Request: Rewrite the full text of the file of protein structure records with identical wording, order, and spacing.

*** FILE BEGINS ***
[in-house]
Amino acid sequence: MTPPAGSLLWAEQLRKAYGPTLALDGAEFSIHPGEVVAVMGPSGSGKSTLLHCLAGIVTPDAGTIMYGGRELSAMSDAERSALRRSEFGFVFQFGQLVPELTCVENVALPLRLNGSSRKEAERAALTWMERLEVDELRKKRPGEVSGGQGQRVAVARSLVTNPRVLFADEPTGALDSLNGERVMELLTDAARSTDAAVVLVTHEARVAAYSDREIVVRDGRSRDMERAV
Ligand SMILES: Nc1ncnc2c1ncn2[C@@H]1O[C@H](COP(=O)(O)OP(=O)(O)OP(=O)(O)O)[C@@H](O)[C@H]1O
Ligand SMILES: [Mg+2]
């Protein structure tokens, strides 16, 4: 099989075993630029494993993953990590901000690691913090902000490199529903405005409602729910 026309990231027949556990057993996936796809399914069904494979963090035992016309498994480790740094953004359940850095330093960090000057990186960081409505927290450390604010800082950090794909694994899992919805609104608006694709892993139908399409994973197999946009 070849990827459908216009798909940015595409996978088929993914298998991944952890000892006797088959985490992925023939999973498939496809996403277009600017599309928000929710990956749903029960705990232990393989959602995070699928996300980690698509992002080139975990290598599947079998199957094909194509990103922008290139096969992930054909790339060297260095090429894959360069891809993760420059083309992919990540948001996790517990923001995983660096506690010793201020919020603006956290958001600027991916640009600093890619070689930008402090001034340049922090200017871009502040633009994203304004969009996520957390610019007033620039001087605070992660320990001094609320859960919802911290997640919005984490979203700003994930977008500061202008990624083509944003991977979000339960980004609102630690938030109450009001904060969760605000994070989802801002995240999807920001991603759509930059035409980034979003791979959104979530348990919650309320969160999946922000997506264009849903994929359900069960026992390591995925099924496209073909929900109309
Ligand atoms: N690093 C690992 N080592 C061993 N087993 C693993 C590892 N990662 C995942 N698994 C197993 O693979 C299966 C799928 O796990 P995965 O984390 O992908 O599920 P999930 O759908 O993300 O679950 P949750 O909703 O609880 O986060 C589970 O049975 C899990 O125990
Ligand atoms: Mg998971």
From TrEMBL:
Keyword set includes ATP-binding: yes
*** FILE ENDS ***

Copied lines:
[in-house]
Amino acid sequence: MTPPAGSLLWAEQLRKAYGPTLALDGAEFSIHPGEVVAVMGPSGSGKSTLLHCLAGIVTPDAGTIMYGGRELSAMSDAERSALRRSEFGFVFQFGQLVPELTCVENVALPLRLNGSSRKEAERAALTWMERLEVDELRKKRPGEVSGGQGQRVAVARSLVTNPRVLFADEPTGALDSLNGERVMELLTDAARSTDAAVVLVTHEARVAAYSDREIVVRDGRSRDMERAV
Ligand SMILES: Nc1ncnc2c1ncn2[C@@H]1O[C@H](COP(=O)(O)OP(=O)(O)OP(=O)(O)O)[C@@H](O)[C@H]1O
Ligand SMILES: [Mg+2]
């Protein structure tokens, strides 16, 4: 099989075993630029494993993953990590901000690691913090902000490199529903405005409602729910 026309990231027949556990057993996936796809399914069904494979963090035992016309498994480790740094953004359940850095330093960090000057990186960081409505927290450390604010800082950090794909694994899992919805609104608006694709892993139908399409994973197999946009 070849990827459908216009798909940015595409996978088929993914298998991944952890000892006797088959985490992925023939999973498939496809996403277009600017599309928000929710990956749903029960705990232990393989959602995070699928996300980690698509992002080139975990290598599947079998199957094909194509990103922008290139096969992930054909790339060297260095090429894959360069891809993760420059083309992919990540948001996790517990923001995983660096506690010793201020919020603006956290958001600027991916640009600093890619070689930008402090001034340049922090200017871009502040633009994203304004969009996520957390610019007033620039001087605070992660320990001094609320859960919802911290997640919005984490979203700003994930977008500061202008990624083509944003991977979000339960980004609102630690938030109450009001904060969760605000994070989802801002995240999807920001991603759509930059035409980034979003791979959104979530348990919650309320969160999946922000997506264009849903994929359900069960026992390591995925099924496209073909929900109309
Ligand atoms: N690093 C690992 N080592 C061993 N087993 C693993 C590892 N990662 C995942 N698994 C197993 O693979 C299966 C799928 O796990 P995965 O984390 O992908 O599920 P999930 O759908 O993300 O679950 P949750 O909703 O609880 O986060 C589970 O049975 C899990 O125990
Ligand atoms: Mg998971």
From TrEMBL:
Keyword set includes ATP-binding: yes